Minimum wage workers in West Virginia are falling further behind. While minimum wages is $8.00, an actual living wage, the amount it takes a single worker to make ends meet, is $14.44 per hour.
A worker in West Virginia needs to work 72.2 hours a week at minimum wage to cover their own basic needs.
Today, Alliance for a Just Society is releasing “Pay Up! Long Hours and Low Pay Leave Workers at a Loss,” a national study showing that even the $15 an hour wage that is gaining momentum around the country is a modest proposal, and not enough for workers in most states to make ends meet.
Working full time should provide financial stability, not poverty. Low wage workers provide services we all count on every day as we do our shopping, dine out, or take our children to child care.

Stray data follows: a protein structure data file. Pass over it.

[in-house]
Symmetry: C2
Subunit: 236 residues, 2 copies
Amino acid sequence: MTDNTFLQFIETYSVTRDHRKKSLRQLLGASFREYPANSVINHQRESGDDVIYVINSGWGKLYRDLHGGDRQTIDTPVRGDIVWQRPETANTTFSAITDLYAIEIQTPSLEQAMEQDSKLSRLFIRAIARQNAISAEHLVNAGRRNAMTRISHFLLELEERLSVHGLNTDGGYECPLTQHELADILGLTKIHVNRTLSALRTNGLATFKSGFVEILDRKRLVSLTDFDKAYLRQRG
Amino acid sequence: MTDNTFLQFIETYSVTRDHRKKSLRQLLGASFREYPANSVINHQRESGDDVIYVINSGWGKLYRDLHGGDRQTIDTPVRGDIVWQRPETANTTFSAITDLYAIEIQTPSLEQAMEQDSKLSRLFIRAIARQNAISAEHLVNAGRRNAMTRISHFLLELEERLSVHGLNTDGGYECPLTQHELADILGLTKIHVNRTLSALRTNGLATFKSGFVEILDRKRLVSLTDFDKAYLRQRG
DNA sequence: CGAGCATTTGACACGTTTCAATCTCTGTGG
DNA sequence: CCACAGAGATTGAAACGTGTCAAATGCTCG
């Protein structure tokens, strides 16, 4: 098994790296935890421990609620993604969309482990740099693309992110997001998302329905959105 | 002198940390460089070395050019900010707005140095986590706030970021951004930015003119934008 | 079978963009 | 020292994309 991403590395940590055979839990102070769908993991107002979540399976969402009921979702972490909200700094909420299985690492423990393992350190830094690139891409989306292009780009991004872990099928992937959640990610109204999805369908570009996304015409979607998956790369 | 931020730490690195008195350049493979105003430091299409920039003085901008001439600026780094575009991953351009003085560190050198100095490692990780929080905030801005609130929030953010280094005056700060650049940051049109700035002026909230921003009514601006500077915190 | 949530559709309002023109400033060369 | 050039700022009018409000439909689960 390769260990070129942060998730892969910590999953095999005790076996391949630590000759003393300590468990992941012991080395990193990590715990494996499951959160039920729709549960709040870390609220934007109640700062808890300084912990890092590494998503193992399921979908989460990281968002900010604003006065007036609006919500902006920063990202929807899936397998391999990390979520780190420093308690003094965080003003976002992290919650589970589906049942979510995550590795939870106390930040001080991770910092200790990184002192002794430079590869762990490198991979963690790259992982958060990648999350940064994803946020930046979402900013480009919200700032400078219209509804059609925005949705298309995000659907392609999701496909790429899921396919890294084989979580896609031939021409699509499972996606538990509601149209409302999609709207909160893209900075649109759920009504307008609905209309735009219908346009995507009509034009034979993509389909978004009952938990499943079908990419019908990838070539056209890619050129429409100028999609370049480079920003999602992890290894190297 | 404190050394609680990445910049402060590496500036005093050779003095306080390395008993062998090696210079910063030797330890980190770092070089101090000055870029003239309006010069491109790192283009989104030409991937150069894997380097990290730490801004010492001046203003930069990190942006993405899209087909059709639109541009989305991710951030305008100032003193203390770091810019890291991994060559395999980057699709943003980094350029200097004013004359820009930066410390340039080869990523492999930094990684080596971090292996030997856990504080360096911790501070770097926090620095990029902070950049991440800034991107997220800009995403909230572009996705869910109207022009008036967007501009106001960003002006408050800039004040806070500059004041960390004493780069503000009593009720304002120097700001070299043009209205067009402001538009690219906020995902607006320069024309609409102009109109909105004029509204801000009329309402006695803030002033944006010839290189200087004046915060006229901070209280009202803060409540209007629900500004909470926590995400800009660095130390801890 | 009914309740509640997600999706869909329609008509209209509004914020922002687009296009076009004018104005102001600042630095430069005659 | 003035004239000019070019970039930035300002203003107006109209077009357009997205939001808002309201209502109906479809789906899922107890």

“Our state is lucky to have a lower cost of living than most other states. However, this report still reveals that a minimum wage worker would have to put in over 72 hours a week to earn what’s considered a living wage. This is one of the reasons poverty is so high in our state,” said Gary Zuckett, Executive Director of West Virginia Citizen Action Group (WV CAG).
A living wage allows workers and families to meet their basic needs without public assistance and set aside a small amount of savings for emergencies such as a car repair, or plan ahead for expenses such as high winter heating bill. The living wage calculation includes food, housing, utilities, transportation, health care, child care, clothing, savings, and state and federal taxes.
Ted Boettner, Executive Director of the West Virginia Center on Budget and Policy (WVCBP) stated, “While we should all celebrate the increase in West Virginia’s Minimum Wage to $8.00 this year and $8.75 next year, far too many working families do not have enough income to afford the basics and this has deprived our local economies of the spending needed to thrive.”